Immune Cell Activity Linked to Worsening COPD

Author: University of Michigan Health System
Published: 2009/12/15 - Updated: 2023/10/09
Publication Type: Research Study Analysis - Peer-Reviewed: Yes
Contents: Summary - Main - Related Publications

Synopsis: Study links chronic obstructive pulmonary disease with increased activity of cells to activate body's immune system. Nearly all people diagnosed with COPD have emphysema or chronic bronchitis or most commonly, both conditions. COPD is the fourth leading cause of death in the United States. Most people with COPD are smokers or former smokers. Lung damage occurs well before people with COPD are aware of symptoms. By the time they seek medical help, the destructive forces of chronic lung inflammation often have taken a heavy toll.

Main Digest

The University of Michigan and Veterans Affairs research adds to growing awareness of the immune system's role in COPD, a serious, progressive lung disease that affects more than 12 million Americans with wheezing, shortness of breath, chest tightening and other symptoms. Understanding immune factors is key if doctors are to find better ways to detect and treat the disease early when patients might benefit most, believe some COPD researchers.

Nearly all people diagnosed with COPD have emphysema or chronic bronchitis or most commonly, both conditions. COPD is the fourth leading cause of death in the United States. Most people with COPD are smokers or former smokers.

"We found that dendritic cells, a type of immune cell that initiates immune responses, are in the lung interacting with lymphocytes, and that these dendritic cells seem to get more active as the disease goes on. If we could alter or stop their action, perhaps we could stop the disease from progressing," says the study's senior author Jeffrey L. Curtis, M.D., professor of internal medicine at the U-M Medical School and chief of the pulmonary and critical care medicine section at the VA Ann Arbor Healthcare System.

The study appears in the December 15 issue of the American Journal of Respiratory and Critical Care Medicine.

Lung damage occurs well before people with COPD are aware of symptoms. By the time they seek medical help, the destructive forces of chronic lung inflammation often have taken a heavy toll. Immune cells in repetitive overdrive play a key role in that inflammation response, COPD researchers increasingly believe.

Research Details

Curtis and his research team analyzed the activity of dendritic cells and other immune cells in lung tissue from patients at early and more severe stages of COPD. They found that as the disease progresses, multiple types of dendritic cells located in different parts the lung produce more of a stimulatory molecule associated with increased immune system activity. They also found two significant signs of increased activity in CD4+ T cells, important immune cells that, when activated, communicate with and direct other immune cells.

"Our data suggest that CD4+ T cells are more activated in later stages of COPD," says Christine M. Freeman, the study's first author and a research investigator in internal medicine at U-M. "This is not necessarily a good thing, because increased activation suggests that there is an inappropriate and excessive immune response taking place in the lungs of patients with severe COPD."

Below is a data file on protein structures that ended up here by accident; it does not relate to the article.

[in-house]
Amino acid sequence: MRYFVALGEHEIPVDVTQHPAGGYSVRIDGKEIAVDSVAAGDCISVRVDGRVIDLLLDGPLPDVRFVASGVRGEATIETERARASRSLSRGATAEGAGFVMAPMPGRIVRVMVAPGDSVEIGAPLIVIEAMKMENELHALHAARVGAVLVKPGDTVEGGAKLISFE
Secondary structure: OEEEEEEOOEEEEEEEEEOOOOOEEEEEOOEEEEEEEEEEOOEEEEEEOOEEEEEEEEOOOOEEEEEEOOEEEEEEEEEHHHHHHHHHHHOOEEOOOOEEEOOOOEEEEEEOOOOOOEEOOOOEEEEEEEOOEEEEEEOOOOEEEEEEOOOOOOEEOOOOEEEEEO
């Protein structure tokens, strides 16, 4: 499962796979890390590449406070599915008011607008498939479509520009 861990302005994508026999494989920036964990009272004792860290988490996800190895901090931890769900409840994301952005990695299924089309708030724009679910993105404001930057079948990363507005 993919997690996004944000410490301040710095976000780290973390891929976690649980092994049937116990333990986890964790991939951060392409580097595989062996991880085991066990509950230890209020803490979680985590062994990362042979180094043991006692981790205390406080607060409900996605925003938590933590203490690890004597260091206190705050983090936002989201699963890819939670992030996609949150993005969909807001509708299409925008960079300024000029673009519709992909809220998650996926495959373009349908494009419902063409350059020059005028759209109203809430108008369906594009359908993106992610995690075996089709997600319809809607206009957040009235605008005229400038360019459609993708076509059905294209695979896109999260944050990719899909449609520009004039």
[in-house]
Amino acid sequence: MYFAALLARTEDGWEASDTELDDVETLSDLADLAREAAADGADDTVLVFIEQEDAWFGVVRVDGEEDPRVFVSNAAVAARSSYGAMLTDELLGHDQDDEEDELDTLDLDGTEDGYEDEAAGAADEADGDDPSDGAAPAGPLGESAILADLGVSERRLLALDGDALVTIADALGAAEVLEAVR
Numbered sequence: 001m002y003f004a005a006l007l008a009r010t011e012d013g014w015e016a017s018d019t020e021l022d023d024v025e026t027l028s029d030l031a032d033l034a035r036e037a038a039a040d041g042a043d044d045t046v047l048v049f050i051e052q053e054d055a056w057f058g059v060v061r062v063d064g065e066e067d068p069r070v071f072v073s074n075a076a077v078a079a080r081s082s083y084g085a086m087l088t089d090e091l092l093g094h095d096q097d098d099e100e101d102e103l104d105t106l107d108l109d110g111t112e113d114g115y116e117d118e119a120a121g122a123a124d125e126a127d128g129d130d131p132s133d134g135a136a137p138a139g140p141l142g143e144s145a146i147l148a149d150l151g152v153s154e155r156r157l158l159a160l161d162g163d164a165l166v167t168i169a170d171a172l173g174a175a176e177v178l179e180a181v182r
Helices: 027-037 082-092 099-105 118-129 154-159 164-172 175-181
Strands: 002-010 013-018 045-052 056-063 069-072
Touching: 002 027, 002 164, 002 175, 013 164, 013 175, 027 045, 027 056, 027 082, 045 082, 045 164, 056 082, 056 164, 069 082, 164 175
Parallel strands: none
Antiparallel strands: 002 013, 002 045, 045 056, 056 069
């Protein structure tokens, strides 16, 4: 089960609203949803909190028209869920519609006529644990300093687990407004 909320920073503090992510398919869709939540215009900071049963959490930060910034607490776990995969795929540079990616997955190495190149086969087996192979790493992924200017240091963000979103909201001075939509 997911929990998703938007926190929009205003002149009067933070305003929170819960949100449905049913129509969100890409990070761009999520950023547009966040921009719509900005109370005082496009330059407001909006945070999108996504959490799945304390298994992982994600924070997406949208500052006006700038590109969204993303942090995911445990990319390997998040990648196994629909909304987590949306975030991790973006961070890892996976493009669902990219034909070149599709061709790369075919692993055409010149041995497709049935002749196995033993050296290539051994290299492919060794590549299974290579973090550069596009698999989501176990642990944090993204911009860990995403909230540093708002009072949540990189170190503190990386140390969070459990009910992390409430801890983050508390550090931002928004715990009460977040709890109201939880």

One strategy to help prevent COPD from worsening could be to make dendritic cells less inflammatory, says Curtis, adding that it is a significant challenge to intervene in the immune system without undermining its ability to fight infection.

Key Facts About COPD

Additional Authors:

Fernando Martinez, M.D., M.S.; MeiLan K. Han, Theresa M. Ames, Stephen W. Chensue, Jill C. Todt, Douglas A. Arenberg, Catherine A. Meldrum, Christi Getty, Lisa McCloskey

Funding:

U.S. Public Health Service, U.S. Department of Veterans Affairs, U-M Comprehensive Cancer Center

Patents andConflict Disclosures:

M.K.H. received up to $1,000 from Novartis in consultancy fees, $1,001-$5,000 for serving on an advisory board for CSL Behring, $5,001-$10,000 in lecture fees from GlaxoSmithKline, and up to $1,000 in royalties from UpToDate. J.L.C. received $10,001-$50,001 in capitation for a clinical trial from Boehringer Ingelheim.

Citation:

American Journal of Respiratory Critical Care Medicine, December 15, 2009, volume 180, issue 12, page 1179

Attribution/Source(s):

This peer reviewed publication titled "Immune Cell Activity Linked to Worsening COPD" was chosen for publishing by Disabled World's editors due to its relevance to our readers in the disability community. While the content may have been edited for style, clarity, or brevity, it was originally authored by University of Michigan Health System and published 2009/12/15 (Edit Update: 2023/10/09). For further details or clarifications, you can contact University of Michigan Health System directly at uofmhealth.org. Please note that Disabled World does not provide any warranties or endorsements related to this article.

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